Memorial Day Weekend – Continued
Sunday: Bear Lake Area and Alberta Falls
Bear Lake is the most popular destination in RMNP. We were warned that the parking lot would fill up early. There is an overflow park-and-ride lot about half way up the hill. We decided to take a chance, and drove directly to the lake.
We were turned around by the rangers at the entrance to the parking lot – LOT FULL…
Not to be dissuaded, we drove a short ways back down, and at the Glacier Gorge Trailhead parking lot, we circled through and tried again.
This time we were waved in and found a great parking spot.
The half-mile hike around the lake is a well-manicured dirt trail with little altitude changes. Most people could handle it with easy. There are sections of the trail that are handicap accessible. Interpretive numbered signs that correspond to a printed guide that can be picked up at the ranger station in the parking lot provide insights.
Occasional cleared areas with platforms or large rocks highlight prime photo taking locations.
Returning to our car we grabbed our picnic lunch. After getting nourished and rehydrated, we were ready for our next trek.
INSIDERS TIP: One of the volunteer rangers gave us a great tip on the easiest way to do the hike to/from Alberta Falls. Here is what we did and it saved us almost half a mile of uphill climb:
Start at the same trailhead as for Bear Lake loop. Stay to the left for Alberta Falls trail. You will hike approximately 0.5 mile, mostly downhill. Trail will fork at that point – stay to the right for Alberta Falls which is another 0.6 miles of relatively easy walking.
Enjoy your time at the falls, then backtrack back to this sign/fork. This is the important part – instead of hiking back to Bear Lake which is mostly uphill from here, take the trail toward Glacier Gorge Trailhead/Shuttle Bus. This is almost all downhill. From there you can catch the free shuttle bus back up the road to the parking lot for Bear Lake.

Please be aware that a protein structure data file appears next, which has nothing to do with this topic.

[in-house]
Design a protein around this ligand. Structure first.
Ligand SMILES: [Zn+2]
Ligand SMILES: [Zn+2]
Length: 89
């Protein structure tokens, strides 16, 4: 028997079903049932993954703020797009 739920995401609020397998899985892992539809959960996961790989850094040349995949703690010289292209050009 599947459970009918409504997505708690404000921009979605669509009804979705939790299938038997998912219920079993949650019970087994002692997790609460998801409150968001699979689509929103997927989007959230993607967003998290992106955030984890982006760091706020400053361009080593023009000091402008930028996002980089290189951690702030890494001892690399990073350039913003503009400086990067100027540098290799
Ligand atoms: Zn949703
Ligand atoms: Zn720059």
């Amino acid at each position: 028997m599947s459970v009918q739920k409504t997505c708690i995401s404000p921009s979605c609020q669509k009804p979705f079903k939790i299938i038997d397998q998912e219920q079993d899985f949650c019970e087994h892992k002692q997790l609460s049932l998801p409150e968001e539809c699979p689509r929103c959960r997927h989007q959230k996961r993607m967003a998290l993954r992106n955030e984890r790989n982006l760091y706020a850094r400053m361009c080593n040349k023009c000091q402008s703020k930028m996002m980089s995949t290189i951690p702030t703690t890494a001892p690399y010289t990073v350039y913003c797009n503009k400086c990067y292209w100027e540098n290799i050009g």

Worked like a charm!
A few more pictures from the hike to Alberta Falls:
We know better than to feed these little critters, but someone else may have missed the “Do not feed the wildlife” signs, or simply dropped a cracker. Gave me a cute photo-op none the less.
Monday: Wild Basin, Copeland Falls
Our weekend was drawing to a close, but we had one more stop in mind. On our way back toward Denver, we took Hwy 7 south to the Wild Basin area of RMNP.
We quickly found out that the dirt road was not suitable for large RV’s. Thankfully the very kind ranger allowed us to leave Dick and Karen’s rig parked at the entrance. Tim and I were able to find a parking spot at Winter Gate for Ellie Mae, and we all proceeded on from there in Jethro (tow vehicle) to the Wild Basin Trailhead.
There are numerous options and hikes to take from here including Calypso Falls and Cascades, Ouzel Falls and Lake, Thunder Lake, Lion Lake, Bluebird Lake and Finch Lake. Since we had plans for an afternoon BBQ back in Denver, we opted for the shortest hike to Copeland Falls.
There is both an Upper and Lower Copeland Falls.
We stopped at Lower Falls first.
It is only a SHORT walk from there to the Upper Falls, which is more impressive and well worth the extra few minutes to get there.
I case you missed our part 1, you can click here to see what we did on the first part of our visit to this gem of a National Park.
Rocky Mountain National Park is enormous. We just touched the tip of the iceberg on our holiday weekend visit. We give it a “Two thumbs up”. There are plenty of things to see and do that will entertain all ages and fitness levels.
GRATITUDE MOMENT: Today I am grateful that we listened to the advice from the helpful park ranger and did not have to walk that extra half-mile uphill to get back to our car.